Greece train disaster: police chief sacked

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Greece train disaster: police chief sacked

Protesters flee tear gas fired by Greek riot police as clashes erupt in a 24-hour strike in Athens on March 16, 2023.

Greece's police chief has been sacked, the government announced on Saturday, after clashes between law enforcement and protesters have escalated since the February 28 train crash, the deadliest in the country. x27;country history.

Constantinos Skoumas has been removed from office, according to Prime Minister Kyriakos Mitsotakis' office, less than two months after being confirmed in the post.

The sacking comes as police have been criticized for their handling of protests that erupted after two trains collided near Larissa that left 57 people dead.

We will learn from our mistakes, Mitsotakis said on Saturday while on a campaign trip to Athens. An error only becomes a fault if it is repeated.

The appointment of a new police chief is aimed at more effective implementation of the operational plans of a modern police with regard to the security of citizens, the Prime Minister's Office clarified.

During the latest protest on Thursday, a riot police team was filmed charging and beating peaceful protesters in Syntagma Square, central Athens .

A few hours later, a police tow truck rammed into a group of protesters trying to block a street in the capital with trash cans, knocking one to the ground.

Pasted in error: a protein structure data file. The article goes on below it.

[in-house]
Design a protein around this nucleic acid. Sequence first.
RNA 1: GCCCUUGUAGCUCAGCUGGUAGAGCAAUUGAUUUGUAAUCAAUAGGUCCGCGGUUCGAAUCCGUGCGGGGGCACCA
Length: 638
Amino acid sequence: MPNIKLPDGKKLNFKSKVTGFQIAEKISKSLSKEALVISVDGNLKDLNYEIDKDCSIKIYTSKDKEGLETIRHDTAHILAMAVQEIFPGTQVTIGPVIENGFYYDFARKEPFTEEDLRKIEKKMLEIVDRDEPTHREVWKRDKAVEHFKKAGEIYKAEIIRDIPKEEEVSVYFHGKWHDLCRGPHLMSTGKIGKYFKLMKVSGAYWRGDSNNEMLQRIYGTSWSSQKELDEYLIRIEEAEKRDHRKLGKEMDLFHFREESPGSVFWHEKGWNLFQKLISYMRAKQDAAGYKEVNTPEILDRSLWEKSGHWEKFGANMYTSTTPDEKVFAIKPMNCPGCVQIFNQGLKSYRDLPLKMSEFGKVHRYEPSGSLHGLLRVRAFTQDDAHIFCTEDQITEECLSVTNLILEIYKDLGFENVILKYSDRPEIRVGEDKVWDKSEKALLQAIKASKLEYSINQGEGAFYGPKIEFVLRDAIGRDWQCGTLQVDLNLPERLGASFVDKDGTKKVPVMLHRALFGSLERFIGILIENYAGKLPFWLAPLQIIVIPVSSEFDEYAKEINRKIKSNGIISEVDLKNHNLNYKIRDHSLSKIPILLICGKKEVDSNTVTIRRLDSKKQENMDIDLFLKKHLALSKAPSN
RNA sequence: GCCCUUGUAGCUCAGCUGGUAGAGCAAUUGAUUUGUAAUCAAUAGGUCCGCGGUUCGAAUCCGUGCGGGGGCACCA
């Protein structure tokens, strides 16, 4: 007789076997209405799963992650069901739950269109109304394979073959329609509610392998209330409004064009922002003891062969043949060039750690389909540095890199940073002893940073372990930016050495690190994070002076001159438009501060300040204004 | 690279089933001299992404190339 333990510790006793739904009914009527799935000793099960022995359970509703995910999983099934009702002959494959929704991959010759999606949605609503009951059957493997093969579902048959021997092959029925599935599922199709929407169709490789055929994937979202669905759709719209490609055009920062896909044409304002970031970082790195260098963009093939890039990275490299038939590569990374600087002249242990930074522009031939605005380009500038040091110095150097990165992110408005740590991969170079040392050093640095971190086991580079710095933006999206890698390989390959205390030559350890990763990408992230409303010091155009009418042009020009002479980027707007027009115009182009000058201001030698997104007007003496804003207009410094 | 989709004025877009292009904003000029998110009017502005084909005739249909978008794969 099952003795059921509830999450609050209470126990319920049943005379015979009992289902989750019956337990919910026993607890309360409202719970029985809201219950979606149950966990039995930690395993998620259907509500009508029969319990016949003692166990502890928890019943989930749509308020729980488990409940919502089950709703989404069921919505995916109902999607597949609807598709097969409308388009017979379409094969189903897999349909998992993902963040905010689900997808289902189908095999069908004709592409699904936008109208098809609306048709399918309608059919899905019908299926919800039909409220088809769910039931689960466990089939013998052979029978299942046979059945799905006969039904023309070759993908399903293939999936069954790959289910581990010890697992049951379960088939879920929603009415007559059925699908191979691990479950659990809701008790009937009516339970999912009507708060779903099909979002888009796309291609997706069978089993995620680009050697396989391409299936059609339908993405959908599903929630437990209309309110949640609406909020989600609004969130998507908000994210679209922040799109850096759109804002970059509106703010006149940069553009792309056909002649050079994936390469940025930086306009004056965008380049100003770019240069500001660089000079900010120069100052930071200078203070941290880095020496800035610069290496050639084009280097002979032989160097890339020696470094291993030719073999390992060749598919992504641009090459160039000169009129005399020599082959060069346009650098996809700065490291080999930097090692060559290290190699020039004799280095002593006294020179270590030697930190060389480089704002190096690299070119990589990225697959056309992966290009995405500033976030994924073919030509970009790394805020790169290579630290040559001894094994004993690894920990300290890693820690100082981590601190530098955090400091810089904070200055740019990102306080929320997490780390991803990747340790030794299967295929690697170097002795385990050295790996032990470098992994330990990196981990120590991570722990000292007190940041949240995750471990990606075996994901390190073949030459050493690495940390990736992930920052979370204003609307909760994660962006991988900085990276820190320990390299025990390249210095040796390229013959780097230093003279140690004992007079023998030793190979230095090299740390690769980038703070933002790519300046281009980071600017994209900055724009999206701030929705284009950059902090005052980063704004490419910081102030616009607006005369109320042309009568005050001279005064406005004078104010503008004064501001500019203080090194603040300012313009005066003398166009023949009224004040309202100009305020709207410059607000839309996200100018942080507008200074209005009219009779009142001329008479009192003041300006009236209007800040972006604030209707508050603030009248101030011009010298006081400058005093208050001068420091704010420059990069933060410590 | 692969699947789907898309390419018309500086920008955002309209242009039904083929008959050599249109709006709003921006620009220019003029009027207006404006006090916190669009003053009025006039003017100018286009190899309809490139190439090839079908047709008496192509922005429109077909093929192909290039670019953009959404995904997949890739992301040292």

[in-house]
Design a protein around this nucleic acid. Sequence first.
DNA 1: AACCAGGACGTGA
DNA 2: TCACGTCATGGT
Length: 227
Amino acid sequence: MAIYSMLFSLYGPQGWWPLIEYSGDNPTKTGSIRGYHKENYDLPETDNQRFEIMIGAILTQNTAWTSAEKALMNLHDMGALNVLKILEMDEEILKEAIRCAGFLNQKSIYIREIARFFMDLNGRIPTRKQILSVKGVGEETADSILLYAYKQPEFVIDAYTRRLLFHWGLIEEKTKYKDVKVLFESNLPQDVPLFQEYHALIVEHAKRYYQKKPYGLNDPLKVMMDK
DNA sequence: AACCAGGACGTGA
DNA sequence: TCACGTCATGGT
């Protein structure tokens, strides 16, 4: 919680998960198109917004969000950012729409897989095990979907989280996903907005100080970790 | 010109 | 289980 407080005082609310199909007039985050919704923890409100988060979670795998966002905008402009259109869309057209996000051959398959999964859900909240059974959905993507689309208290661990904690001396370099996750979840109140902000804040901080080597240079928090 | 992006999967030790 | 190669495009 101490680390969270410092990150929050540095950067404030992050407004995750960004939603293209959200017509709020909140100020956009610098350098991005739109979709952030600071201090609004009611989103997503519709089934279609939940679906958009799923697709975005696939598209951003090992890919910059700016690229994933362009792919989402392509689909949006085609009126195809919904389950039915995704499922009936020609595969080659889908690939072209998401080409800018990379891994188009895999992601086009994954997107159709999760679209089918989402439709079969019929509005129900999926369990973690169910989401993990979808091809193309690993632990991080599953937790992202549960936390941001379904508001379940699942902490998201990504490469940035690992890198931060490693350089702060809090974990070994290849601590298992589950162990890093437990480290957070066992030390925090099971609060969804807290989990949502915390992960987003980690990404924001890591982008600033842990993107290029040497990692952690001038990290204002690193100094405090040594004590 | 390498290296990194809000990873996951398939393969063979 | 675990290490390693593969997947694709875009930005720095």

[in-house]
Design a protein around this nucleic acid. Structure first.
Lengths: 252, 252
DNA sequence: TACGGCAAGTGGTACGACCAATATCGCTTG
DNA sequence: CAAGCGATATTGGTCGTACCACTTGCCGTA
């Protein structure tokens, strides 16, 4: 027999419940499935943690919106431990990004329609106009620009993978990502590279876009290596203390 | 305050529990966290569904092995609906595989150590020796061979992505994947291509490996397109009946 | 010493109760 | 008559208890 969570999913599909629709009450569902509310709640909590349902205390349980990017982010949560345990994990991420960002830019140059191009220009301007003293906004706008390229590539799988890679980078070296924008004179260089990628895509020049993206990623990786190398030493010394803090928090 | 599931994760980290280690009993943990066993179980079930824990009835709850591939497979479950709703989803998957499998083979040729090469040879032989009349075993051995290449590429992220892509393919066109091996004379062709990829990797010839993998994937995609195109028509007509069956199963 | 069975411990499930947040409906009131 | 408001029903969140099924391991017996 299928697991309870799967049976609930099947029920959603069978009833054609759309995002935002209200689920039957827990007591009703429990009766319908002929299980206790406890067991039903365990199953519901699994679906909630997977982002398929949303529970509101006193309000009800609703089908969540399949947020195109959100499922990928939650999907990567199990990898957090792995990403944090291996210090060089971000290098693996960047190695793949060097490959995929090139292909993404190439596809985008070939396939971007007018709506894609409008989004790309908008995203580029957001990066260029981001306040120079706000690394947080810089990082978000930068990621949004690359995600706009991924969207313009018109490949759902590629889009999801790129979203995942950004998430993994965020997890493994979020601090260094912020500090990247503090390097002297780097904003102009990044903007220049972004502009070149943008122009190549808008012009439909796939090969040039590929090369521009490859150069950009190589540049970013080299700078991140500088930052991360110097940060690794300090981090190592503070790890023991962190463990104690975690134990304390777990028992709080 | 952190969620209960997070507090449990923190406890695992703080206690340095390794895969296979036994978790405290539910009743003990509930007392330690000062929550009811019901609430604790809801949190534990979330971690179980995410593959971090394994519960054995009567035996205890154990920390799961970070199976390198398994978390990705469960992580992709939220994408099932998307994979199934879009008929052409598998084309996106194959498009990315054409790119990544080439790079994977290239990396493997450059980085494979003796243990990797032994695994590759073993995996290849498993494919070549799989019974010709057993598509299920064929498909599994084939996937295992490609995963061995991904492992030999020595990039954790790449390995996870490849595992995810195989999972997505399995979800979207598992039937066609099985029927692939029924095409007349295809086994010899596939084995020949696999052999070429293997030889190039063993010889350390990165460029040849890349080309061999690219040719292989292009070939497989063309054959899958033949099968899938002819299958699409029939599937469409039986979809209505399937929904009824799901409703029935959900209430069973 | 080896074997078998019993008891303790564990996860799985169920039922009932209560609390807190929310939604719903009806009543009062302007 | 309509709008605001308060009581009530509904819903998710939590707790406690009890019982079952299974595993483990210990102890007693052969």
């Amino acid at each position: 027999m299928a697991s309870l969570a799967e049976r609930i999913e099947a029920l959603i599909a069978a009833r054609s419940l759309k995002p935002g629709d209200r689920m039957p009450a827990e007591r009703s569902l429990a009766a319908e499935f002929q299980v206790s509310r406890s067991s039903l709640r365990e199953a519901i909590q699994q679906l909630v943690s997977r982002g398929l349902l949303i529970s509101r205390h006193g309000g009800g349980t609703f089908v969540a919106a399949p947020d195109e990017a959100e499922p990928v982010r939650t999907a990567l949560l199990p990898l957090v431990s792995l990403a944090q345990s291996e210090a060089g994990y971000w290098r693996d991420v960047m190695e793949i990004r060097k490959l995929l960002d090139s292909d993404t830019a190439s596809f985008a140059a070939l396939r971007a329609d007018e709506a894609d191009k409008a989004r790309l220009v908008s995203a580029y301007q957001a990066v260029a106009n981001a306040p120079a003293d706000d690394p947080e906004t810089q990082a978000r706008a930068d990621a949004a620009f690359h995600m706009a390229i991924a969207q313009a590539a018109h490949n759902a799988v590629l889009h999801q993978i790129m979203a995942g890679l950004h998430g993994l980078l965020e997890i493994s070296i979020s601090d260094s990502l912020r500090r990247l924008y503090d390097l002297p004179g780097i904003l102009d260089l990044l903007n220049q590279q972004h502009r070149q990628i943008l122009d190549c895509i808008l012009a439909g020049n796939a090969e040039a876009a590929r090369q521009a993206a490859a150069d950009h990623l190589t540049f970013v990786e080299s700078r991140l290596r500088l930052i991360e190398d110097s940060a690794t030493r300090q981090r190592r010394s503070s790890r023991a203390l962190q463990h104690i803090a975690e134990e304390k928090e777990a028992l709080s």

After a train derailment that killed 57, tensions mount between the government and protesters, who point the shortcomings of the Greek rail system and the crisis situation in which the country finds itself.

The rail disaster sparked weeks of protests, some violent, which put pressure on the Conservative government of Mr. Mitsotakis ahead of elections scheduled for May.

The transport minister had resigned after the disaster. The station master on duty at the time of the accident and three other railway officials have been charged and face life imprisonment.

The unions had long since put in warning about the failings of Greece's railways, describing an underfunded, understaffed and accident-prone network after a decade of spending cuts.

Transport Minister by Interim Georgios Gerapetritis said train services, suspended after the accident, would gradually resume from March 22 to be fully restored by April 16. Automated security systems will be installed by the end of September, he added.

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